A project of the AAMC and CDC
aamc.org does not support this web browser.

eConsult Clinical Question:

Patient with urticarial rash developing one week after Moderna COVID vaccination dose with no clear alternate inciting exposure. Could the COVID vaccine be responsible for the rash given the rash began one week after the vaccine? Can she receive the second dose of COVID vaccine? 

eConsult Response:

The patient can receive the second dose, but I recommend monitoring her for 30 minutes post-vaccine rather than 15 minutes. There have been reports of a delayed localized rash about 7-10 days following the Moderna COVID vaccine. It is unclear why it occurs with the Moderna but not the Pfizer vaccine. The first dose reaction did not always translate to a similar rash with the second dose.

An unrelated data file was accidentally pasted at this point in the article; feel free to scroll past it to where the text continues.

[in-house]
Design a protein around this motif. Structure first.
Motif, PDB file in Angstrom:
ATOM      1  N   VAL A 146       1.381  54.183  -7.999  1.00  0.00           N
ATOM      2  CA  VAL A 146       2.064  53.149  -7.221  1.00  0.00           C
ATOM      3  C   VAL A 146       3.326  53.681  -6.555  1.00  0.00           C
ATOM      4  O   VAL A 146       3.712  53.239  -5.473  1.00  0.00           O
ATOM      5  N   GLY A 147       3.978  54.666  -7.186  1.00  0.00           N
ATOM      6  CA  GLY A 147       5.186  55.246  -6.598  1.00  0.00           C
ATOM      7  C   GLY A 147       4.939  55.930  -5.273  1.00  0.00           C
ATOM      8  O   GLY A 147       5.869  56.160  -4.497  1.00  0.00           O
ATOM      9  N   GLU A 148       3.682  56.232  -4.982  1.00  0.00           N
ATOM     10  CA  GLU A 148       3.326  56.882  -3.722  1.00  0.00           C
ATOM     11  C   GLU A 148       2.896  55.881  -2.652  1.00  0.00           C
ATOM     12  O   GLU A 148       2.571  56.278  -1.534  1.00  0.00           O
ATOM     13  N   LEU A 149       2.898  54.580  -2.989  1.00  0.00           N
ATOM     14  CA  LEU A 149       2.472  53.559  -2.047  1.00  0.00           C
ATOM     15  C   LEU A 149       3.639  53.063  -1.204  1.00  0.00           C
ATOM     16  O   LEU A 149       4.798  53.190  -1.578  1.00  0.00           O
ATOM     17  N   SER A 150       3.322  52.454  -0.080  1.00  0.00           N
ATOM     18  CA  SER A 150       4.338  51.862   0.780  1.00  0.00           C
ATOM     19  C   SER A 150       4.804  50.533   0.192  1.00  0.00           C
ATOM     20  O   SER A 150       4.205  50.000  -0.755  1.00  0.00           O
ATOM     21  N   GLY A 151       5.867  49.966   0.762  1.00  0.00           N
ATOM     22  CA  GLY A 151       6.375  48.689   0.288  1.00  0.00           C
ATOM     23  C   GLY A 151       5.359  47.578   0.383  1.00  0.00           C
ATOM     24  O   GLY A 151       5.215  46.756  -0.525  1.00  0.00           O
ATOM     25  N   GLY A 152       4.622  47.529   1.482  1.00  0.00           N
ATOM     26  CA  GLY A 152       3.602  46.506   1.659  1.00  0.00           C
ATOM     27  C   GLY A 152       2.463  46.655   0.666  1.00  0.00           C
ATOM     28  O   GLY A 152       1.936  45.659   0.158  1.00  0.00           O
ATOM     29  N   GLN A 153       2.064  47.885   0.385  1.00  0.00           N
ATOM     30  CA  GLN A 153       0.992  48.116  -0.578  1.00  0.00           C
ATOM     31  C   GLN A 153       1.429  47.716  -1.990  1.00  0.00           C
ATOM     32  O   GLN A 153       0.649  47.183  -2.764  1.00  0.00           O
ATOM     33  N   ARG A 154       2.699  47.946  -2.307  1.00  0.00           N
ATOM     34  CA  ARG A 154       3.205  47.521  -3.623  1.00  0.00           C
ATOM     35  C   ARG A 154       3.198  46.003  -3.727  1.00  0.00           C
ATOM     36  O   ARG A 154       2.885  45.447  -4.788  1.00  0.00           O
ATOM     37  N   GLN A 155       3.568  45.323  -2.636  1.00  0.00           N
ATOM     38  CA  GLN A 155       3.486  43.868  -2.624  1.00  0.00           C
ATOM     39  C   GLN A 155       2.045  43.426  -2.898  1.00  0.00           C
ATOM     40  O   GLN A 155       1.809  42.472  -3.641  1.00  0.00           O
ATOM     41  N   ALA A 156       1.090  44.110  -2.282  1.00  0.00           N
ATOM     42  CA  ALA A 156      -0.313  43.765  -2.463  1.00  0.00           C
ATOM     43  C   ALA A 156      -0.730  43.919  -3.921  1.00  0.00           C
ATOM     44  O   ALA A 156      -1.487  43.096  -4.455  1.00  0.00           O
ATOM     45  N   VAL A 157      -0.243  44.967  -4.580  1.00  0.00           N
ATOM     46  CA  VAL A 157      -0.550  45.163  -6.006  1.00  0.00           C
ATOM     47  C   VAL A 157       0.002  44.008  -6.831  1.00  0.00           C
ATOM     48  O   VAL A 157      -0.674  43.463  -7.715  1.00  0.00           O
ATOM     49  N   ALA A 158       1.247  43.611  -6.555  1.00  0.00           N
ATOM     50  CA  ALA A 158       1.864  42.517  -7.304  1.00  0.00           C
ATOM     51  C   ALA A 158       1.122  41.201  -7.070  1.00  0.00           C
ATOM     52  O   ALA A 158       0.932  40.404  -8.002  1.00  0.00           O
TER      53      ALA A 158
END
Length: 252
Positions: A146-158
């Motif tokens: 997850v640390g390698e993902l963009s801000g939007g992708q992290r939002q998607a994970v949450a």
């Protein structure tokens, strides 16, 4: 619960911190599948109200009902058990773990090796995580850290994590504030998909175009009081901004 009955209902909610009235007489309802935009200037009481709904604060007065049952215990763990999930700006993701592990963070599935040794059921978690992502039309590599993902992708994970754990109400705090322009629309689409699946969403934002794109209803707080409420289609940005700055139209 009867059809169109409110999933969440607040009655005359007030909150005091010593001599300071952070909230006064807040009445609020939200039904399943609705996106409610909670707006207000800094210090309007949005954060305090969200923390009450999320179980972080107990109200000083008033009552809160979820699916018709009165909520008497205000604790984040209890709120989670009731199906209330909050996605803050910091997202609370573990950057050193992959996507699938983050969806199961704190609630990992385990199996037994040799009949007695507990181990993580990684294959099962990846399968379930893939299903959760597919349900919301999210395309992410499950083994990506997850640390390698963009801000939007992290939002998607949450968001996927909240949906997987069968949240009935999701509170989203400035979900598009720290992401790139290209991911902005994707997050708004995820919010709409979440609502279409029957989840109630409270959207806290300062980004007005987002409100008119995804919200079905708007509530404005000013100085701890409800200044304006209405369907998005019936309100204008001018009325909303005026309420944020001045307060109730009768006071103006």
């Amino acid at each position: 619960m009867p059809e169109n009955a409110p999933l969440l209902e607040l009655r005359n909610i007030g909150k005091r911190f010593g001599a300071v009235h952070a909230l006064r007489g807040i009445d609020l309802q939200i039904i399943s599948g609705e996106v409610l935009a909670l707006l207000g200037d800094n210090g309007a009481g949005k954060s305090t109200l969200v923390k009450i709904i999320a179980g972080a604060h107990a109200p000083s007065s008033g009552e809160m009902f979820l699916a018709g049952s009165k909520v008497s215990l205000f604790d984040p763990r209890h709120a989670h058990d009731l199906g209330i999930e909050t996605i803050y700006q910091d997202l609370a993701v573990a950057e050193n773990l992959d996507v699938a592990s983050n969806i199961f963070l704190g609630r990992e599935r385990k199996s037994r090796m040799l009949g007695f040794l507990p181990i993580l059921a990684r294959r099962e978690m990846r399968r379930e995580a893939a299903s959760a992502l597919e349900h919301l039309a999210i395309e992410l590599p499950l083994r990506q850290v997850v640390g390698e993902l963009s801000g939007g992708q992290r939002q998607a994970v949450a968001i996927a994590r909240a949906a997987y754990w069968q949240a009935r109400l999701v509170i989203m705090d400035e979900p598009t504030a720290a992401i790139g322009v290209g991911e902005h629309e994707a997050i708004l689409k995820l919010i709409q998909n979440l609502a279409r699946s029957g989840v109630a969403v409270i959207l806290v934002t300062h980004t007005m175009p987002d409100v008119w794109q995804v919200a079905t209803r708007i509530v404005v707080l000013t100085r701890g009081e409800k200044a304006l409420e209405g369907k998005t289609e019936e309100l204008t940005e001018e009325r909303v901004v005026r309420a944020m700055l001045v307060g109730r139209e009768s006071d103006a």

What is unusual here is that this patient's rash is more global without much mention of an injection site problem which is what has been reported with the Moderna vaccine. We can see delayed rashes with vaccines but do not deem this a predictor for future allergic reactions. The concern for immediate type hypersensitivity as currently defined by the CDC for the COVID vaccine is within 4 hours of vaccination. With current CDC guidelines, there is no contraindications for the second COVID vaccine. The patient can follow up in Drug Allergy clinic for further evaluation if there is concern for an allergy any components of the vaccine. 

These real-life examples have some limitations. Given the evolving recommendations and guidance on COVID-19 care, these cases should not be considered complete or definitive and may not reflect the most up-to-date guidance.